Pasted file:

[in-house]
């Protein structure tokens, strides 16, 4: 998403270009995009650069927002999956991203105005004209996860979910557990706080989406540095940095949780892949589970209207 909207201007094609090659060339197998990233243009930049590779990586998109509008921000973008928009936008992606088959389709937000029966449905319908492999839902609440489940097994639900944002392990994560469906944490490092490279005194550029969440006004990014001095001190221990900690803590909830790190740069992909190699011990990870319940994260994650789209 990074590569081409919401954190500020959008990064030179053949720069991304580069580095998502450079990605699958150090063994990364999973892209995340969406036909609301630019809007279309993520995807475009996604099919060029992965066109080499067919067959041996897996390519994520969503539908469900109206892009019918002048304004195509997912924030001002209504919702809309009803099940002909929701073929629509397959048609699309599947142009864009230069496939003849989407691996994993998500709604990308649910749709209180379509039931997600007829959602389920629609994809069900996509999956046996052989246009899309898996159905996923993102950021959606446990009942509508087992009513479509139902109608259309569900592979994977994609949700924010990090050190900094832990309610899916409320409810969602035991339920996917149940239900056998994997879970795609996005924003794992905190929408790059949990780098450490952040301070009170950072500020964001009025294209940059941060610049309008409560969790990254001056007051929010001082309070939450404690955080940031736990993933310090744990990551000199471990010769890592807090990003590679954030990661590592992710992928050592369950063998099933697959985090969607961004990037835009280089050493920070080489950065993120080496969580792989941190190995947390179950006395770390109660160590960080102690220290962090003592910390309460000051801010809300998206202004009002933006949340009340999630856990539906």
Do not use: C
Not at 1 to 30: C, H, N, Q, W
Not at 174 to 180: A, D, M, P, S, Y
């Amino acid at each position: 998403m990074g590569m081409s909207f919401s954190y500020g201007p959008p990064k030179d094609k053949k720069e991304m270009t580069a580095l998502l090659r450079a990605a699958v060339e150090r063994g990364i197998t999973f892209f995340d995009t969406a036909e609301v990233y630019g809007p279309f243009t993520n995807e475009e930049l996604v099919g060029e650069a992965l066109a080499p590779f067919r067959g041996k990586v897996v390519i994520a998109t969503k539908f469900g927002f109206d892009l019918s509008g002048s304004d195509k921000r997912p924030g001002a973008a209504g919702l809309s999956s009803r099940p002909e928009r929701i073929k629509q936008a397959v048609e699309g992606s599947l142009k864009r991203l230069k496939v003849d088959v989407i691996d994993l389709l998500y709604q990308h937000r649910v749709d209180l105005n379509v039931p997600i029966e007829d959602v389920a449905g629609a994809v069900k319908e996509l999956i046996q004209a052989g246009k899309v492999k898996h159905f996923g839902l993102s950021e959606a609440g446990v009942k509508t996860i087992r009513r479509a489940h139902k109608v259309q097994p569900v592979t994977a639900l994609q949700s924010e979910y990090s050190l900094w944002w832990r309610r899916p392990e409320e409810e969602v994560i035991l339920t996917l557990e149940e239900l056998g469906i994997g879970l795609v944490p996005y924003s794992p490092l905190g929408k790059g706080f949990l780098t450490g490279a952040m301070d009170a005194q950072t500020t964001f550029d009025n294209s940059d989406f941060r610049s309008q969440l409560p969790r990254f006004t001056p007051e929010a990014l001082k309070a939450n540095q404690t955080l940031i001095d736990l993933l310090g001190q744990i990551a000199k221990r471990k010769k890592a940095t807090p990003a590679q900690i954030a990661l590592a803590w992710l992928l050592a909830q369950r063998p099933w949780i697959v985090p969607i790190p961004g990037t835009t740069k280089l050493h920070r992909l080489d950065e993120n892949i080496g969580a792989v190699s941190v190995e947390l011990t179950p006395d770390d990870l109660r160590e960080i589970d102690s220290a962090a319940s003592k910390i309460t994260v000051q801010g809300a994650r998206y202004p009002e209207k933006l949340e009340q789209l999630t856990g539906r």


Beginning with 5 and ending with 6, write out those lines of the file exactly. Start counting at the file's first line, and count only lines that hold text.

Not at 174 to 180: A, D, M, P, S, Y
């Amino acid at each position: 998403m990074g590569m081409s909207f919401s954190y500020g201007p959008p990064k030179d094609k053949k720069e991304m270009t580069a580095l998502l090659r450079a990605a699958v060339e150090r063994g990364i197998t999973f892209f995340d995009t969406a036909e609301v990233y630019g809007p279309f243009t993520n995807e475009e930049l996604v099919g060029e650069a992965l066109a080499p590779f067919r067959g041996k990586v897996v390519i994520a998109t969503k539908f469900g927002f109206d892009l019918s509008g002048s304004d195509k921000r997912p924030g001002a973008a209504g919702l809309s999956s009803r099940p002909e928009r929701i073929k629509q936008a397959v048609e699309g992606s599947l142009k864009r991203l230069k496939v003849d088959v989407i691996d994993l389709l998500y709604q990308h937000r649910v749709d209180l105005n379509v039931p997600i029966e007829d959602v389920a449905g629609a994809v069900k319908e996509l999956i046996q004209a052989g246009k899309v492999k898996h159905f996923g839902l993102s950021e959606a609440g446990v009942k509508t996860i087992r009513r479509a489940h139902k109608v259309q097994p569900v592979t994977a639900l994609q949700s924010e979910y990090s050190l900094w944002w832990r309610r899916p392990e409320e409810e969602v994560i035991l339920t996917l557990e149940e239900l056998g469906i994997g879970l795609v944490p996005y924003s794992p490092l905190g929408k790059g706080f949990l780098t450490g490279a952040m301070d009170a005194q950072t500020t964001f550029d009025n294209s940059d989406f941060r610049s309008q969440l409560p969790r990254f006004t001056p007051e929010a990014l001082k309070a939450n540095q404690t955080l940031i001095d736990l993933l310090g001190q744990i990551a000199k221990r471990k010769k890592a940095t807090p990003a590679q900690i954030a990661l590592a803590w992710l992928l050592a909830q369950r063998p099933w949780i697959v985090p969607i790190p961004g990037t835009t740069k280089l050493h920070r992909l080489d950065e993120n892949i080496g969580a792989v190699s941190v190995e947390l011990t179950p006395d770390d990870l109660r160590e960080i589970d102690s220290a962090a319940s003592k910390i309460t994260v000051q801010g809300a994650r998206y202004p009002e209207k933006l949340e009340q789209l999630t856990g539906r």